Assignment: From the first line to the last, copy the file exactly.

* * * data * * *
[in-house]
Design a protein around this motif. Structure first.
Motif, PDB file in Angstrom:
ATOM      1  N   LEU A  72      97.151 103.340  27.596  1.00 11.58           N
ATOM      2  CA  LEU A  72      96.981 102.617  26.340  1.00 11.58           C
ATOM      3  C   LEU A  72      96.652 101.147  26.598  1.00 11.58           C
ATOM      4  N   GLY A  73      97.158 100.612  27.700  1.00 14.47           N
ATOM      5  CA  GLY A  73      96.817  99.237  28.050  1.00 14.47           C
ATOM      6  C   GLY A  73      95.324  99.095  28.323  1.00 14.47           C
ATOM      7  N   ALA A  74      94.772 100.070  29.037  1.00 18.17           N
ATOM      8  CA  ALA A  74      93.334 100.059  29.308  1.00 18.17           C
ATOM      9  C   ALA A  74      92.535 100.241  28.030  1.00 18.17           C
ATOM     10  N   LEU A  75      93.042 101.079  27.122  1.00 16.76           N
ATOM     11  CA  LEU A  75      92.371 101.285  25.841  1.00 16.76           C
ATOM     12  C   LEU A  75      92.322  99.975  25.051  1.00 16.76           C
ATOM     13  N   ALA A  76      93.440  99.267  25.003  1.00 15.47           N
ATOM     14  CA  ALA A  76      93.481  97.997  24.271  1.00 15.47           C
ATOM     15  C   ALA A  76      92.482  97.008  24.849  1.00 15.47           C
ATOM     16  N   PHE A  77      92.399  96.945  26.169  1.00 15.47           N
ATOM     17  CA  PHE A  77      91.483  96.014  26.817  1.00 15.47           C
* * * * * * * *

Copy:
[in-house]
Design a protein around this motif. Structure first.
Motif, PDB file in Angstrom:
ATOM      1  N   LEU A  72      97.151 103.340  27.596  1.00 11.58           N
ATOM      2  CA  LEU A  72      96.981 102.617  26.340  1.00 11.58           C
ATOM      3  C   LEU A  72      96.652 101.147  26.598  1.00 11.58           C
ATOM      4  N   GLY A  73      97.158 100.612  27.700  1.00 14.47           N
ATOM      5  CA  GLY A  73      96.817  99.237  28.050  1.00 14.47           C
ATOM      6  C   GLY A  73      95.324  99.095  28.323  1.00 14.47           C
ATOM      7  N   ALA A  74      94.772 100.070  29.037  1.00 18.17           N
ATOM      8  CA  ALA A  74      93.334 100.059  29.308  1.00 18.17           C
ATOM      9  C   ALA A  74      92.535 100.241  28.030  1.00 18.17           C
ATOM     10  N   LEU A  75      93.042 101.079  27.122  1.00 16.76           N
ATOM     11  CA  LEU A  75      92.371 101.285  25.841  1.00 16.76           C
ATOM     12  C   LEU A  75      92.322  99.975  25.051  1.00 16.76           C
ATOM     13  N   ALA A  76      93.440  99.267  25.003  1.00 15.47           N
ATOM     14  CA  ALA A  76      93.481  97.997  24.271  1.00 15.47           C
ATOM     15  C   ALA A  76      92.482  97.008  24.849  1.00 15.47           C
ATOM     16  N   PHE A  77      92.399  96.945  26.169  1.00 15.47           N
ATOM     17  CA  PHE A  77      91.483  96.014  26.817  1.00 15.47           C